2 August 2013 - Press release 

The Third Sector Research Centre has conducted a review of impact measurement in the UK third sector. It notes that, despite the recent growth in impact measurement, practice and understanding are inconsistent.  

Many studies have raised concerns over variations in the quality of both impact measurement practice and tools. Organisations need more evidence about which tools are available and their strengths and weaknesses for different contexts. 

Practice appears to be concentrated in larger organisations. The review notes a lack of low-cost, off the shelf tools available for smaller organisations without the capacity to pay. Many organisations need help to navigate the tools and support available. While there has been increasing support for organisations to measure impact, this support is uncoordinated and not accessible to all. 

Other key challenges highlighted by the review include:

  • Some organisations lack the research and evaluation skills necessary to conduct robust impact measurement
  • Evaluation may be shaped too highly by requirements of funders, at the expense of other concerns and stakeholders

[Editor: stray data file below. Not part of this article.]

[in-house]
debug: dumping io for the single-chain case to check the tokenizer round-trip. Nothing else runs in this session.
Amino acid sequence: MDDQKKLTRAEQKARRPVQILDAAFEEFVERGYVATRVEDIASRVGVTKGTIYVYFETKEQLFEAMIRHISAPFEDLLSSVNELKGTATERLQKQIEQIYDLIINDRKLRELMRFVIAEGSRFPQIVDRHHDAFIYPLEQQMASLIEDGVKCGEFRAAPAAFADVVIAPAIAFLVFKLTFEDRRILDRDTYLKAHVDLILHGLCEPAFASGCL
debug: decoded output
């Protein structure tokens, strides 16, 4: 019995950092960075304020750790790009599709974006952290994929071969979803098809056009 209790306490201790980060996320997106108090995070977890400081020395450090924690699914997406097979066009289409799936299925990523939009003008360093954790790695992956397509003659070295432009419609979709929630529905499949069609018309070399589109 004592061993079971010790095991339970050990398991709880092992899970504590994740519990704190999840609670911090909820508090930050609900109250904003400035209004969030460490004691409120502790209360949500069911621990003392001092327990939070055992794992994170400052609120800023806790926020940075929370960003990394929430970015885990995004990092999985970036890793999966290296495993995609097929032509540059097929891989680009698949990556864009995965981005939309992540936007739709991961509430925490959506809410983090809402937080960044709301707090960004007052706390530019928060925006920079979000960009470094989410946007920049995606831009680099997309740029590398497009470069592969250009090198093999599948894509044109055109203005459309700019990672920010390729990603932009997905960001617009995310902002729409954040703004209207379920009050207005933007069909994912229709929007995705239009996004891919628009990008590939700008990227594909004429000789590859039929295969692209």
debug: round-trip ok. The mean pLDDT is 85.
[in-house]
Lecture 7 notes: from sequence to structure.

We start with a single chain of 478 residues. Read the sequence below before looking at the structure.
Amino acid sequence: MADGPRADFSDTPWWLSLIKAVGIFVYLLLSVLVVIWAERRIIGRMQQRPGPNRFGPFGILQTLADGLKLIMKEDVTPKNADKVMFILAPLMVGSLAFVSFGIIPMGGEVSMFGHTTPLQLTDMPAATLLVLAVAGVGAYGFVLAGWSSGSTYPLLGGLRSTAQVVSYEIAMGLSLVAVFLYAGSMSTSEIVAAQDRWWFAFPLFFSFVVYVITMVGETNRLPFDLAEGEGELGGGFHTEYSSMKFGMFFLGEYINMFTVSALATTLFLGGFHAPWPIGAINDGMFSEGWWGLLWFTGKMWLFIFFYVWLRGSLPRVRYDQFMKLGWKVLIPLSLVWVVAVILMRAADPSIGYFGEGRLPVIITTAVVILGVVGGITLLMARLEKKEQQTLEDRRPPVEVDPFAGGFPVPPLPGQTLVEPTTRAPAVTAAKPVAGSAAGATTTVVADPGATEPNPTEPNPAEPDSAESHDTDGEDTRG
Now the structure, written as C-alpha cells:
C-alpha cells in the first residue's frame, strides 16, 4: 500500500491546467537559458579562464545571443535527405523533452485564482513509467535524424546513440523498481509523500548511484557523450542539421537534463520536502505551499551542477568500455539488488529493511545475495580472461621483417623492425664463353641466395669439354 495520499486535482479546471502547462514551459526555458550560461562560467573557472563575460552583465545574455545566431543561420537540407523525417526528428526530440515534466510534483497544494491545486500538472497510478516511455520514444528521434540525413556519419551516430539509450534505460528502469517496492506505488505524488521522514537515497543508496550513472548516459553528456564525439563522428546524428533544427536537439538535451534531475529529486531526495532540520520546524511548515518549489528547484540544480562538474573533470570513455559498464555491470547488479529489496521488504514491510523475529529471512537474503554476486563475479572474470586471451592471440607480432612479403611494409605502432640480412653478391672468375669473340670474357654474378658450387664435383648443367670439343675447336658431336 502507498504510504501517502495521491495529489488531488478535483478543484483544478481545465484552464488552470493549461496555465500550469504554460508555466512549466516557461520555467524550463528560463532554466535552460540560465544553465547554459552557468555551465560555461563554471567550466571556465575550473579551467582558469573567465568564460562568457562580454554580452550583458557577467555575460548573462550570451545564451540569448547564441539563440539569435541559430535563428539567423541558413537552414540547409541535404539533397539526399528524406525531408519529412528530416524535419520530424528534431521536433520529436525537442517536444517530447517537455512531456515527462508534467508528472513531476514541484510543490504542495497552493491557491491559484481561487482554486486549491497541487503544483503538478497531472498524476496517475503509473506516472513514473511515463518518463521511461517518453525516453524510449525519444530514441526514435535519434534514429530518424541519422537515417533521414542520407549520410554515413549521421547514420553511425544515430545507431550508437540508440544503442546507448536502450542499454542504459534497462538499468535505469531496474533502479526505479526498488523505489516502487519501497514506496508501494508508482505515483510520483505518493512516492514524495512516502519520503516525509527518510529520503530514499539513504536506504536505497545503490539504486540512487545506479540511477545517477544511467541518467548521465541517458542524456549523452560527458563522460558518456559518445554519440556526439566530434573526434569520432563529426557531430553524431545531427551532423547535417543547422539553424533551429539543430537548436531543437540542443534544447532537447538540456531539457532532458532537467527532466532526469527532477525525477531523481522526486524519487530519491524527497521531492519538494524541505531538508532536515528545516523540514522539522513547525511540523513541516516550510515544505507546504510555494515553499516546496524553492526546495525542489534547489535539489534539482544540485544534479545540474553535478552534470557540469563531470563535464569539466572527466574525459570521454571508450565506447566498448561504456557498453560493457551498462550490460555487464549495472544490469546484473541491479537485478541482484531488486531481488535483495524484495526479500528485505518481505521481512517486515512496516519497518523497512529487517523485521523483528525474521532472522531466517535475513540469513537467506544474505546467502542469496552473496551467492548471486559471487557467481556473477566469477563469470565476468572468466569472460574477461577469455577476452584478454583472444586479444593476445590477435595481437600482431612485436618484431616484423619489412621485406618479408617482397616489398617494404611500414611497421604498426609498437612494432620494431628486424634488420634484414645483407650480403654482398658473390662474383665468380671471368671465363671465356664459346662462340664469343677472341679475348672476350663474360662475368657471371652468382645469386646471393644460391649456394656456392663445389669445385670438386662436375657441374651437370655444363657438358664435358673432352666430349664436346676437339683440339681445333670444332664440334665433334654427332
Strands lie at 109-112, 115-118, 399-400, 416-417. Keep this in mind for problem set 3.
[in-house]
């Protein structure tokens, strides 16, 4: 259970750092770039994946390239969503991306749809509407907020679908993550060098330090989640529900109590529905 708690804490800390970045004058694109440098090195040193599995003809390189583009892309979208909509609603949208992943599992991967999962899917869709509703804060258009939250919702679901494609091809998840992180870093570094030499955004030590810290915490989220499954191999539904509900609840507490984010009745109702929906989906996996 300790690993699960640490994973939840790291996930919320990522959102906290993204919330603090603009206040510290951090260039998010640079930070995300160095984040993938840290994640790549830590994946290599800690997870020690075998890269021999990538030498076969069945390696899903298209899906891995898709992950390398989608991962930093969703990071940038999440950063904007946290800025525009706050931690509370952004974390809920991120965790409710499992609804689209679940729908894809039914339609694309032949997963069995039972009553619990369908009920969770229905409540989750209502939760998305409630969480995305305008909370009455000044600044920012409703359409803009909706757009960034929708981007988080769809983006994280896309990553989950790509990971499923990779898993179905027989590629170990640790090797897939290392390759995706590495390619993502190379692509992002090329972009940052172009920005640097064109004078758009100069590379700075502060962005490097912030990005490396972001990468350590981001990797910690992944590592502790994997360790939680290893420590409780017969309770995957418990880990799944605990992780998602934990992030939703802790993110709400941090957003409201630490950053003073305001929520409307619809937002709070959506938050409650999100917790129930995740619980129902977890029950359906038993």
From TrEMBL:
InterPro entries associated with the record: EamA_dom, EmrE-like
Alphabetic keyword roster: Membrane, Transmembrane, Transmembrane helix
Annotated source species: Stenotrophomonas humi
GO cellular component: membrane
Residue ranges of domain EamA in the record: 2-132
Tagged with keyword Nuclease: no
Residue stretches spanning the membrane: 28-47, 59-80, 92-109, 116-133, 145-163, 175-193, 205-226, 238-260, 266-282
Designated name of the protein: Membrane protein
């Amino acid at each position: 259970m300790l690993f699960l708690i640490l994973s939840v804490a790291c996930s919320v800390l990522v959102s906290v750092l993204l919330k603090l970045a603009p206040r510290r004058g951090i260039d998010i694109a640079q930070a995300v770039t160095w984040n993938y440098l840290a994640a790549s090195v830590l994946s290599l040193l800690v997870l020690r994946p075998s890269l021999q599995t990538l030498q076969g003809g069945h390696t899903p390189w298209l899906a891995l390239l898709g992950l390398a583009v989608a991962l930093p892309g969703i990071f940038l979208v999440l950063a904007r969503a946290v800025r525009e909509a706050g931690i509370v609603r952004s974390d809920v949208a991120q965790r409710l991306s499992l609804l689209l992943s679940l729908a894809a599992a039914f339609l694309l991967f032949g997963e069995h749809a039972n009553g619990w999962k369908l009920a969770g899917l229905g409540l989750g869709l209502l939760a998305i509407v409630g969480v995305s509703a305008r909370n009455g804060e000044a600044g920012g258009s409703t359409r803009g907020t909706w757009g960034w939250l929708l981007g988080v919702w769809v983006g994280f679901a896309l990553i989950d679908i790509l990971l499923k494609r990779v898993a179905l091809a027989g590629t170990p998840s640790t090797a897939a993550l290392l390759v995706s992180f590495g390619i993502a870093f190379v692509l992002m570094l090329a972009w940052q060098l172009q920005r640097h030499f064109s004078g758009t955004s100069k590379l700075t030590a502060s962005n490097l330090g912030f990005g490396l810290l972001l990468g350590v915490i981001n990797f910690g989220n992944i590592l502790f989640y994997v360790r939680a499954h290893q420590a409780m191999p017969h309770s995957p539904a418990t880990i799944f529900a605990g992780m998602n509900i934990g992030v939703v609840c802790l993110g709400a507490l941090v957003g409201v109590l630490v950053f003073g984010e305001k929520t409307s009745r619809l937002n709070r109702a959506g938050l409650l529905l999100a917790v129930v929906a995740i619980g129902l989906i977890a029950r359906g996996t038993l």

• The cost – in terms of time and money - especially for smaller organisations
  • Organisations have uneven access to support, guidance and tools, as well as capacity
  • Variation in the meaning of impact measurement and discretion in the impact measurement process create problems for comparing data across organisations

The review notes that impact measurement in the sector has been largely focused on individual organisations. Developing shared measurements and tools is a key challenge. Shared measures could enable comparisons between organisations, and help draw conclusions about the impact of the sector more broadly. However, this must be balanced with the need for organisations to develop measures that are truly relevant to their own work.

Jenny Harlock, of the Third Sector Research Centre who conducted the review, said “There is emerging consensus from some practitioners in the sector – such as the Inspiring Impact Network - around best practice for impact measurement. But despite this, there are continued challenges for defining what impact measurement is, or ought to be. Measuring impact means different things to different people, and different approaches reflect different values, and prioritise different outcomes. Understanding the impact and value of third sector organisations remains a key question for both practitioners and policy makers. In this context, it is important to know more about who is undertaking evaluation, the practices and tools they are using, and the effect these have on both how organisations operate, and how they are assessed.” 

The research review ‘Impact measurement practice in the UK third sector’ was written by Jenny Harlock, Third Sector Research Centre, University of Birmingham